I think Councilor Salvador put it well: Let's not let perfect be the enemy of good. Sure, there are better alternatives. But there's no way that Edmonton would close a perfectly functioning street to vehicles for an entire year. She speculated that if it weren't for the shift towards biking and walking that many made during the Pandemic, we likely wouldn't even be able to get this idea approved. It's quite a shift for a place like Edmonton. But like you said: It's done now, so I hope the city makes the most of it, and doesn't squander this opportunity.
 

Didama

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At the end of the day I would say the amount of foot traffic this ultimately gets will depend on how our downtown does overall. If our economy is doing well and we see some developments proceed at Manulife and City Centre Mall then the pedestrians won't be far behind. I really don't see any downsides to this decision from council. That stretch will be pretty quiet for the next couple of years anyways, so I'd rather see some opportunities for pedestrians using this public space instead of the occasional car.
 

TAS

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Is Janz really using this image to compare to our 102ave?
FVFlFIdWUAAnP_6

There are some fair concerns about this pilot but it's frustrating to hear some councillors spout inaccuracies or grasping to make their case.

For instance, Coun. Hamilton, who voted against the motion, talked about safety concerns of having pedestrians adjacent to the lrt tracks where the car lane would have been. She obviously has not spent any time looking at these stations downtown or any lrt station for that matter, not to mention there's a sidewalk on the other (north) side of the tracks. Laughable argument.

And then Coun. Rutherford talking about how she is an active transportation advocate, which I hope she is, but then talks about how Edmonton is -30c in winter and who will be out there. Are we back to that? Why do anything outside in this city because we're a winter city? Nevermind our average daily winter temperatures are nowhere near -30c - but great point councillor.
 
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CplKlinger

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And then Coun. Rutherford talking about how she is an active transportation advocate, which I hope she is, but then talks about how Edmonton is -30c in winter and who will be out there. Are we back to that? Why do anything outside in this city because we're a winter city? Nevermind our average daily winter temperatures are nowhere near -30c - but great point councillor.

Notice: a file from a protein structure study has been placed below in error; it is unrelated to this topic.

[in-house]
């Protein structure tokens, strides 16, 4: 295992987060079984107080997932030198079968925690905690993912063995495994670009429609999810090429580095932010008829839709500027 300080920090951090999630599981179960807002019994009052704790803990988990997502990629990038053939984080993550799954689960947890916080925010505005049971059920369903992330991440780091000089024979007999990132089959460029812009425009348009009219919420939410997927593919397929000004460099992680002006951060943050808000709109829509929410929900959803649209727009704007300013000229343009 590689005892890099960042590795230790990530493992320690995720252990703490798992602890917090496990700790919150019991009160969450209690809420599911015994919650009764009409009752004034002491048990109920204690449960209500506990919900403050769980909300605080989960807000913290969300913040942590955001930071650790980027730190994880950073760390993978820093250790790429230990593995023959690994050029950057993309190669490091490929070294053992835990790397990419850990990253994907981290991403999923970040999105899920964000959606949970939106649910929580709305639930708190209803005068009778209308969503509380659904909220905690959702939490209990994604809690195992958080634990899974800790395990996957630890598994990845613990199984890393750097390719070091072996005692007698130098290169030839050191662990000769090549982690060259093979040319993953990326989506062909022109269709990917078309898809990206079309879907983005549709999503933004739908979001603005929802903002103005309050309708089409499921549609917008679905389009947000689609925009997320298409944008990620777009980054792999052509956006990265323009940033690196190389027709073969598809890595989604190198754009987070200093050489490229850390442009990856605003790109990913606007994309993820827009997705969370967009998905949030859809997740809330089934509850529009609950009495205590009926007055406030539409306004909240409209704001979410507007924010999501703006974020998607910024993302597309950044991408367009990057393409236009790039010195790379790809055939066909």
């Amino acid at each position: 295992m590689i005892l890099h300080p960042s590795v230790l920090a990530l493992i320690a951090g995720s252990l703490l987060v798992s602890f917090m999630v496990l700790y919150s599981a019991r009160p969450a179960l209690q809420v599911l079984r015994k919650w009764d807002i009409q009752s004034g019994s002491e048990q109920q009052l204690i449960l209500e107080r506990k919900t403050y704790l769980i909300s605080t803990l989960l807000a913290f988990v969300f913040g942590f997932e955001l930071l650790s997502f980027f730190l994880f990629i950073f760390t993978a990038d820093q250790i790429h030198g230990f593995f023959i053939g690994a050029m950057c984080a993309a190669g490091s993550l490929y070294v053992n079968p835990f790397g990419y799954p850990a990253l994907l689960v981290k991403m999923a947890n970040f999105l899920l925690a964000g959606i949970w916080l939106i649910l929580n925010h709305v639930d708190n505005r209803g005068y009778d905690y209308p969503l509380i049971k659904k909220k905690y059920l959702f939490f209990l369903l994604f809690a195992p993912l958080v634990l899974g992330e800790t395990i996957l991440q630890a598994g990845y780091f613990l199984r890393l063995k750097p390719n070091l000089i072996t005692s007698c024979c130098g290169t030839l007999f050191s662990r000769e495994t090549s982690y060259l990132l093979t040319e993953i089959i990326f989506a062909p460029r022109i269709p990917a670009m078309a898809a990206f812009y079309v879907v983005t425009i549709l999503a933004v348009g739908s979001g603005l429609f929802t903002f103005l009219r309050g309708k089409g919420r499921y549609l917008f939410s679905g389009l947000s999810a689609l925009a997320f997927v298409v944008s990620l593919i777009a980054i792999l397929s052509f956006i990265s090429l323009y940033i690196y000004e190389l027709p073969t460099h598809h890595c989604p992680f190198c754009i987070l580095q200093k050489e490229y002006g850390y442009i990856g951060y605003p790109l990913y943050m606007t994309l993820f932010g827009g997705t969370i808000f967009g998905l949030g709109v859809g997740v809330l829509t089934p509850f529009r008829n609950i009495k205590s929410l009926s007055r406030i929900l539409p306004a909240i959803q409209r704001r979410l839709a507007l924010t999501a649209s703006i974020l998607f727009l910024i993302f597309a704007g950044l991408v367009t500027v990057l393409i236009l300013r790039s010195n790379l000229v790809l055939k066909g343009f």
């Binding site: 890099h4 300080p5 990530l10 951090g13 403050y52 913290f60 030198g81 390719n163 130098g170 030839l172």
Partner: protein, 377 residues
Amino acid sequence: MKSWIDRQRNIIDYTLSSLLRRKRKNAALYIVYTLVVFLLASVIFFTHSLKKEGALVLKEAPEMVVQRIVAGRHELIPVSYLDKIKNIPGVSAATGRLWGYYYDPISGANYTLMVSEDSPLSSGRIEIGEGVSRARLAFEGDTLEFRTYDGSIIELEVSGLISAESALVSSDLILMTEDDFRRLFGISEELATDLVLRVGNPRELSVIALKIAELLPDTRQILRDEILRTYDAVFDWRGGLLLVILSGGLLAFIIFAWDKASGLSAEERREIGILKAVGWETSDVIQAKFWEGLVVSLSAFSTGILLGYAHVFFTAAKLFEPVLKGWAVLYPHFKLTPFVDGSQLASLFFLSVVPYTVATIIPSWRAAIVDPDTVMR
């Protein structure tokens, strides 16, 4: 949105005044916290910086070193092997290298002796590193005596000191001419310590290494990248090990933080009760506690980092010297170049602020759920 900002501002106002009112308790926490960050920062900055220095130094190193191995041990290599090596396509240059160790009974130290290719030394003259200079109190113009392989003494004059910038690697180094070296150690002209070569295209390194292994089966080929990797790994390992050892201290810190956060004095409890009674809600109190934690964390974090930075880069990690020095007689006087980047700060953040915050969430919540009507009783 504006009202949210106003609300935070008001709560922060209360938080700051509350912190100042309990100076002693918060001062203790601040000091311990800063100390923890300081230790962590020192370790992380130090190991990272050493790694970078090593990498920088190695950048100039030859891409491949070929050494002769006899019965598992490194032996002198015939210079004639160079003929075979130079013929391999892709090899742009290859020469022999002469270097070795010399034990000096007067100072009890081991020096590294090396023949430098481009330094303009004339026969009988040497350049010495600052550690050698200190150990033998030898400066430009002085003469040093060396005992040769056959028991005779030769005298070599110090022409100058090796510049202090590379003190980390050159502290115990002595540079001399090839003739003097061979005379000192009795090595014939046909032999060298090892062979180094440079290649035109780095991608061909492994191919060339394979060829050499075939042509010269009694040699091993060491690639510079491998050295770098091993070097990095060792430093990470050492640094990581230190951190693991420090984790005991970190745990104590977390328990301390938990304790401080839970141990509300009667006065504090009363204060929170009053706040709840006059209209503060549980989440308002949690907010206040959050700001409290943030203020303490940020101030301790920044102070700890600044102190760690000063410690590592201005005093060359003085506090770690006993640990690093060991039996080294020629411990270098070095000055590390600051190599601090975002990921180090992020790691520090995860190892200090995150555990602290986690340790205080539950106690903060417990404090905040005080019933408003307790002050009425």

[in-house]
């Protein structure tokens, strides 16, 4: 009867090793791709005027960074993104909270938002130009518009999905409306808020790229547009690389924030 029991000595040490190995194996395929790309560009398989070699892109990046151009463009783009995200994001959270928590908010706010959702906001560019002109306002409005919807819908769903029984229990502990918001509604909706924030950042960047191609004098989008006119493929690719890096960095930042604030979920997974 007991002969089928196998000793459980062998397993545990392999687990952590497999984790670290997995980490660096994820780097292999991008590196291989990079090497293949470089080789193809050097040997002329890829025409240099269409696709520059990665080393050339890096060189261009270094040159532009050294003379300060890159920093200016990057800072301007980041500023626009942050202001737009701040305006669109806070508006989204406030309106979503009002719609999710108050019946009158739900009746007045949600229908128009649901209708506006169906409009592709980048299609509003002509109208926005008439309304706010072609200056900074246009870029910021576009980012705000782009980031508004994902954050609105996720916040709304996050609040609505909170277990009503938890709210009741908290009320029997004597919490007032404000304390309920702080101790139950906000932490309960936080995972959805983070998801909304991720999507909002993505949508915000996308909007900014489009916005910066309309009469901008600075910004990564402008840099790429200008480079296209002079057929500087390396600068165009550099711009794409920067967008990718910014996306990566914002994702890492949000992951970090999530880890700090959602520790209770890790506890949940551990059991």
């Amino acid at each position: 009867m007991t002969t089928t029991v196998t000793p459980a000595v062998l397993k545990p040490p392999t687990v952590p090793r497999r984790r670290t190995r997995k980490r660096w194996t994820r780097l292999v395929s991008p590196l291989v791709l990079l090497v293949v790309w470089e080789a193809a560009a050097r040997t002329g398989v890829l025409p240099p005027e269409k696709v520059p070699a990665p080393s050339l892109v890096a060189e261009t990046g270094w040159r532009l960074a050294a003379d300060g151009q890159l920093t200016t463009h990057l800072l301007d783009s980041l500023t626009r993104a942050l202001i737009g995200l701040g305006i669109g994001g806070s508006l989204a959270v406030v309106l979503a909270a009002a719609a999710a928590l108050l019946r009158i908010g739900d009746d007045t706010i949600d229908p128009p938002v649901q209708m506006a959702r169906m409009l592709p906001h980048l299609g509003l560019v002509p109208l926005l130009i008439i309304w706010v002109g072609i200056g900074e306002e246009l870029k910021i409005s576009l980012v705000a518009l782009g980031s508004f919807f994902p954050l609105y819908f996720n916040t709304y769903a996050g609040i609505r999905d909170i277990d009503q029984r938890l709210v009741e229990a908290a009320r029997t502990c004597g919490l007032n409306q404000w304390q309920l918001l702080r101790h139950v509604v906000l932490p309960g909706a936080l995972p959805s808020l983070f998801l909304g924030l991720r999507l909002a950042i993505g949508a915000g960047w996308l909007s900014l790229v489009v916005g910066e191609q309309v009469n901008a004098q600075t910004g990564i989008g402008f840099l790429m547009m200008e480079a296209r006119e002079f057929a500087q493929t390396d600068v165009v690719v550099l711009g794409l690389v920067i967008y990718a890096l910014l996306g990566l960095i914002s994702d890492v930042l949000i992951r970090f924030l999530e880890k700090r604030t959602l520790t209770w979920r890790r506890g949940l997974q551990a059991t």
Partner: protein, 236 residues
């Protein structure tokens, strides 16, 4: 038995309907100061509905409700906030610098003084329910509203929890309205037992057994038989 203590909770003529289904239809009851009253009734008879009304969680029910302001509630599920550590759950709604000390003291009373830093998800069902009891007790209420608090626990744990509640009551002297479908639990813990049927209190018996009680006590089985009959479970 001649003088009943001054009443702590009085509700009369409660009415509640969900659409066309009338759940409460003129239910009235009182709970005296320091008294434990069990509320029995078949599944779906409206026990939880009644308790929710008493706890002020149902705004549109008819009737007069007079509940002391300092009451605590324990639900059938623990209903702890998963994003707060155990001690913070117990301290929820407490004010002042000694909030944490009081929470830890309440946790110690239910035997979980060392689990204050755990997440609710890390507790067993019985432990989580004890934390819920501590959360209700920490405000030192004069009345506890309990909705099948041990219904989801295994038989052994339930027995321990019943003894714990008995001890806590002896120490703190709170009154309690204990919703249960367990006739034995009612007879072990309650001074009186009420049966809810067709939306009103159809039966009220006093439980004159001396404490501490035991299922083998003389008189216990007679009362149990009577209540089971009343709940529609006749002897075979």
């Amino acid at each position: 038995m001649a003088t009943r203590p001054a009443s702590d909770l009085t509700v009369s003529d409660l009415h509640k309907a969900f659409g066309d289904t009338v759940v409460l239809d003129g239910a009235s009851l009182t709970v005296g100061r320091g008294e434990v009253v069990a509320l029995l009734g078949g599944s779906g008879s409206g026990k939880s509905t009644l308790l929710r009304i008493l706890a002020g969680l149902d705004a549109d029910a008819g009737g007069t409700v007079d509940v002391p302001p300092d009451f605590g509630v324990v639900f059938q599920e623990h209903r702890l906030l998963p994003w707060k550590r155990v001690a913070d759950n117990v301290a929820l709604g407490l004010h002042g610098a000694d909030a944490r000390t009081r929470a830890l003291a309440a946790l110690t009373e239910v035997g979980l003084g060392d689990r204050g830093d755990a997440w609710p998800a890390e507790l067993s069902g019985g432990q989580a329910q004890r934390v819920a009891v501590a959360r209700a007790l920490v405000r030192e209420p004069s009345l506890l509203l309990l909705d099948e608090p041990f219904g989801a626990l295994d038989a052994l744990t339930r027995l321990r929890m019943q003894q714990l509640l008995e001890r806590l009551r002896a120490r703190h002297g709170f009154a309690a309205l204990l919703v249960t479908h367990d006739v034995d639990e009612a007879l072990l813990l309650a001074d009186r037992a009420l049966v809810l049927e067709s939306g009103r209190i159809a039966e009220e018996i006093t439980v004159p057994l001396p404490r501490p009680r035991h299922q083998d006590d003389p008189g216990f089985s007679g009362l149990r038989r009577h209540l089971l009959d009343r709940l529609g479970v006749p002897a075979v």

I just about ripped my hair out there, she was *very* deceptive with that argument. "I did a quick search. The  average temperature in the winter in Vienna [which was used as a case study for pedestrianization] is a low of 0 degrees. The low in Edmonton, in the middle of winter, can get down to -30 degrees."

So, taking the average from one place, and the worst case scenario from Edmonton, and putting them together to create some horrible sounding difference.

According to Weather Spark, which cites local weather stations for its data, our lowest winter  average is -10, in December and January. In November it's -4, in Febuary it's -8, and by April it's in the positives again. I'm not claiming we're some balmy paradise or comparable directly to Vienna, but it's ridiculous to say that a few days of -30 or below are enough to derail this plan entirely.

If we reject every attempt to make being outside pleasant and feasible for pedestrians because "something something cold", then no wonder seasonal affective disorder gets so bad here in the winter.
 
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JuliallThat

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I just about ripped my hair out there, she was *very* deceptive with that argument. "I did a quick search. The  average temperature in the winter in Vienna [which was used as a case study for pedestrianization] is a low of 0 degrees. The low in Edmonton, in the middle of winter, can get down to -30 degrees."

So, taking the average from one place, and the worst case scenario from Edmonton, and putting them together to create some horrible sounding difference.

According to Weather Spark, which cites local weather stations for its data, our lowest winter  average is -10, in December and January. In November it's -4, in Febuary it's -8, and by April it's in the positives again. I'm not claiming we're some balmy paradise or comparable directly to Vienna, but it's ridiculous to say that a few days of -30 or below are enough to derail this plan entirely.

If we reject every attempt to make being outside pleasant and feasible for pedestrians because "something something cold", then no wonder seasonal affective disorder gets so bad here in the winter.
It also completely ignores other types of weather extremes happen all over the world, that can drive people inside. As if this is the only place with uncomfortable weather events.

Vancouver is not a bustling lively paradise during heavy rain events, everyone just scampers quickly around trying to keep their hood up and their shoes dry.
No one wants to be outside during a humidex 40°c event in Toronto.
And nearly everyone I've talked to on the matter agrees that our normal winter temperatures here, that -5°c to -15°c range is comfortable and pleasant as long as you're dressed appropriately.